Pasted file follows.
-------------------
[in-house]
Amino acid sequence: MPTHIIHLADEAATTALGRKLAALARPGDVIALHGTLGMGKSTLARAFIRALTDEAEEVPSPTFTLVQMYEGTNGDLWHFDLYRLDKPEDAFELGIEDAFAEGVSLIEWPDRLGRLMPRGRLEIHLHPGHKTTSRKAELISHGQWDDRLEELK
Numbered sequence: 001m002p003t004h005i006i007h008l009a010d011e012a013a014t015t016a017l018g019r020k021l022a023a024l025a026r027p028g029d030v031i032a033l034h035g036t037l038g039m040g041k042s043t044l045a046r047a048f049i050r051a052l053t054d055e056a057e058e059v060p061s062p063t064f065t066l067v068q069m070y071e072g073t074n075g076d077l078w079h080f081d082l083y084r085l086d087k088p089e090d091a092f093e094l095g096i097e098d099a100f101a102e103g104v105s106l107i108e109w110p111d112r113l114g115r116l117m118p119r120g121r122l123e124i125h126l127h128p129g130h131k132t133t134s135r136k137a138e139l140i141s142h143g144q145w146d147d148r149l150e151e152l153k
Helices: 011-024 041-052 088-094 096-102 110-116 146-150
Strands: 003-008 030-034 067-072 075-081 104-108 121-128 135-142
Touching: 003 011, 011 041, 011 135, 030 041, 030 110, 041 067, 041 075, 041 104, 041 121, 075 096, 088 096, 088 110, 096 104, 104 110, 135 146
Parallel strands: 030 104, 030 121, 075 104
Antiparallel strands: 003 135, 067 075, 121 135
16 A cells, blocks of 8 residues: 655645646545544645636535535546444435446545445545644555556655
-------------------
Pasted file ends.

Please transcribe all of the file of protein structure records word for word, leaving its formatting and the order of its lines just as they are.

[in-house]
Amino acid sequence: MPTHIIHLADEAATTALGRKLAALARPGDVIALHGTLGMGKSTLARAFIRALTDEAEEVPSPTFTLVQMYEGTNGDLWHFDLYRLDKPEDAFELGIEDAFAEGVSLIEWPDRLGRLMPRGRLEIHLHPGHKTTSRKAELISHGQWDDRLEELK
Numbered sequence: 001m002p003t004h005i006i007h008l009a010d011e012a013a014t015t016a017l018g019r020k021l022a023a024l025a026r027p028g029d030v031i032a033l034h035g036t037l038g039m040g041k042s043t044l045a046r047a048f049i050r051a052l053t054d055e056a057e058e059v060p061s062p063t064f065t066l067v068q069m070y071e072g073t074n075g076d077l078w079h080f081d082l083y084r085l086d087k088p089e090d091a092f093e094l095g096i097e098d099a100f101a102e103g104v105s106l107i108e109w110p111d112r113l114g115r116l117m118p119r120g121r122l123e124i125h126l127h128p129g130h131k132t133t134s135r136k137a138e139l140i141s142h143g144q145w146d147d148r149l150e151e152l153k
Helices: 011-024 041-052 088-094 096-102 110-116 146-150
Strands: 003-008 030-034 067-072 075-081 104-108 121-128 135-142
Touching: 003 011, 011 041, 011 135, 030 041, 030 110, 041 067, 041 075, 041 104, 041 121, 075 096, 088 096, 088 110, 096 104, 104 110, 135 146
Parallel strands: 030 104, 030 121, 075 104
Antiparallel strands: 003 135, 067 075, 121 135
16 A cells, blocks of 8 residues: 655645646545544645636535535546444435446545445545644555556655